Now that we are getting closer to the 2013 season the Broncos have a number of players entering their 4th, 5th and 6th seasons. Many of these players are commonly discussed but we too often misunderstand what type of players they are now. While few players make big strides in years 1-3, by a players 4th year they should have progressed overall. Having said that I wanted to approach my study of these players like an NFL scout would a rookie, looking back on the most recent years game film and then write up a scouting report. By doing this I feel the Broncos fan base can create a more up-to-date picture of what these players strengths and weaknesses are instead of relying on what we remember from their early careers.
The players I choose to scout were:
- Knowshon Moreno (4th year) Scouting Report Found Here
- Eric Decker (3rd year)
- Demaryius Thomas (3rd year)
- Zane Beadles (3rd year) Scouting Report Found Here
- JD Walton (3rd year)
- David Bruton (4th year) Scouting Report Found Here
- Robert Ayers (4th year)
- Wesley Woodyard (5th year) Scouting Report Found Here
I'm going to be using CBS Sports player profile outline since it's so robust and even used by NFL.com now. They break the players skills into a variety of categories and then give them a grade for that category by looking at every snap they play. For applicable areas I'll include a statistic just for fun. For each draftee I'll try and do my scouting with either a member of the Broncos staff or a member of a reputed scouting site. Our method is straightforward with me watching every game and snap and then while he does this separately separately and then we'd watch 2-3 games together and compare notes. I then assign a grade, for example the average NFL starter at any position will be a 7 so a 9 would be around Pro Bowl level while an 8 is above average. A 6 is an area of concern while a 5 is likely reason to be benched.
*I want to note I will not be scouting Ayers intangibles since I didn't have the chance to interview or talk with any players or coaches who know him like I have with players in the past. Rather then purely report on what we see I've decided to leave those areas blank since those are topics the public knows little about*
*On a side note, please excuse some grammatical errors, had to rewrite some of this based on today's events*
Athletic Ability: Robert Ayers lacks the elite physical talent that you see from top tier defensive ends, but that’s not to say he’s lacking in talent. Ayers has good build and the right size to be successful as an end and has actually improved his overall strength and speed since his early career, showing improved ability to speed past lineman or out muscle them. He has above average speed though his initial burst is not excellent, he still possesses adequate burst and above average straight line and lateral speed to make plays. Combined with both a strong upper and lower body, Ayers has the physical tools to start in the NFL.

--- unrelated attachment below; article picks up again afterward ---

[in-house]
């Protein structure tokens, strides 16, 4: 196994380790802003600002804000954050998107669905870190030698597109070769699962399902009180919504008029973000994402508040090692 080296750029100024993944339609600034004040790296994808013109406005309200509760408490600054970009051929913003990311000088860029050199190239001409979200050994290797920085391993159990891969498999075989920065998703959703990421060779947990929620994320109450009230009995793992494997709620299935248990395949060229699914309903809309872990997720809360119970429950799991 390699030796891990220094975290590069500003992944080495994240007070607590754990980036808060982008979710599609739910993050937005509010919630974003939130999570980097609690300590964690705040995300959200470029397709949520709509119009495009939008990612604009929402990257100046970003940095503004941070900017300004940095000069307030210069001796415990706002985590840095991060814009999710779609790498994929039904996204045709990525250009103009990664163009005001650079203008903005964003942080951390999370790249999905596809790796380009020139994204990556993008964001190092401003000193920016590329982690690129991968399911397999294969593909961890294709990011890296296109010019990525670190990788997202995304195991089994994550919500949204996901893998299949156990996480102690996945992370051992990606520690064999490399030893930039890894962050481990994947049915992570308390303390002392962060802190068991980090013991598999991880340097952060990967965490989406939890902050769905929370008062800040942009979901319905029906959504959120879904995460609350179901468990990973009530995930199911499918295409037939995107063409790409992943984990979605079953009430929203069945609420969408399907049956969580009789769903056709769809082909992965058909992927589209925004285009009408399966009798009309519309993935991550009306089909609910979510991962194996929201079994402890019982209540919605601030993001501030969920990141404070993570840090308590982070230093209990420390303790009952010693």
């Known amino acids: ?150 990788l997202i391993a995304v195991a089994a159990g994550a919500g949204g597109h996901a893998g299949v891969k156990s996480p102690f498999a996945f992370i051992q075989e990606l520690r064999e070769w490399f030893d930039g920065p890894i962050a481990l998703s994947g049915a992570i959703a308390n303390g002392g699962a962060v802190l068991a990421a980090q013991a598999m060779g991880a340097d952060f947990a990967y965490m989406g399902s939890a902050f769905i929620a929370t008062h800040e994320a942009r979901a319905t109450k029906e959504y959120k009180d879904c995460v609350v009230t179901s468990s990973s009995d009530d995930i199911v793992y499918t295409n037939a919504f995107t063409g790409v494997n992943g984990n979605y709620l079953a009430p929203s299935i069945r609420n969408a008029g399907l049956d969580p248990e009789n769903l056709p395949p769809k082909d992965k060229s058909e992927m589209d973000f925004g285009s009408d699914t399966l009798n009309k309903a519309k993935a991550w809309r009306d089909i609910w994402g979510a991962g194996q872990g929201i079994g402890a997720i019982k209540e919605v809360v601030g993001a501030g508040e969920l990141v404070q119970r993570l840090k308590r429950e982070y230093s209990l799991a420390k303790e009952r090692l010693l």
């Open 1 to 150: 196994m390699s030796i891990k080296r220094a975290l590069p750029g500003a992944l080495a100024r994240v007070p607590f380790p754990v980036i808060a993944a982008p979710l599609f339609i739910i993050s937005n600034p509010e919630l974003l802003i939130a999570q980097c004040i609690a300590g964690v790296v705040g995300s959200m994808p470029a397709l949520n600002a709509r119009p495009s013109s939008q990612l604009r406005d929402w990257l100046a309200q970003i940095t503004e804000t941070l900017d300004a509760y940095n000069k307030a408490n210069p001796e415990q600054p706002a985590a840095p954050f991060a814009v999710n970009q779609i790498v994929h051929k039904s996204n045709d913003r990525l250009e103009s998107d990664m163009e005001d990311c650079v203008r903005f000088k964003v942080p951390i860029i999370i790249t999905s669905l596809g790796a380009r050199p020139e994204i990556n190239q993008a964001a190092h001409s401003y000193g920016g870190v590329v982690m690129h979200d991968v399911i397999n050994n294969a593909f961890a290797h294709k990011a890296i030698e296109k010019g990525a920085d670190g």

- GRADE: 7.7 (Improvement)
Football Sense: Last year Ayers proved again to be a smart player who rarely makes mental mistakes. He stays committed to his assignment and only bit on play action and the draw run on rare occasions. He was able to fairly accurately judge and adjust based on what the defensive captain saw and then try and make the play. He showed surprising ability to adjust rapidly, on the fly, as the play developed, almost never far away from the ball.
- GRADE: NA
Character: Unable to grade.
- GRADE: NA
Competitiveness: Unable to grade.
- GRADE: NA
Work Ethic: Unable to grade.
- GRADE: NA
Explosion/Pursuit: Perhaps the weakest part of Robert’s game, his explosion and pursuit are hurt because he only has average burst off the line and straight line speed. That’s not to say he’s bad just that he doesn’t excel when it comes to a fast paced pass rush. When you watch Ayers you see a player who can get off the line fairly quickly and has the move skill set to still beat tackles but you’ll see him succeed more when he stunts inside and attacks guards who have less time to react to the pass rush from defensive ends.
- GRADE: 7.0 (Push)
Use of Hands: In terms of pass rush Ayers punch move and strong arms are his saving grace. When Robert was most successful he was able to drive inside, use his hands to punch the tackle back and then dip between the tackle and guard to get into the backfield. This use of his hands was very impressive and allowed Ayers to be more successful as a pass rusher and run defender than he has been in the past. His biggest struggles tend to come when he’s not able to get his hands on a lineman or if they get control of him first and he’s not able to use his arms as well to break free.
- GRADE: 8.2 (Push)
Lateral Pursuit/Effort: In terms of lateral agility and ability to move side to side on the field Ayers plays fairly consistently, though not exceptionally. He showed solid play against the screen game in 2012 and had a nice assisted tackle against the Chargers in week 11. He also shows the effort throughout the game, an area of weakness early in his career. Overall in this category there just wasn’t a very large sample size of snaps to judge Ayers, but for the most part he did his job, made few mistakes and put in the effort that was lacking from his game his rookie year.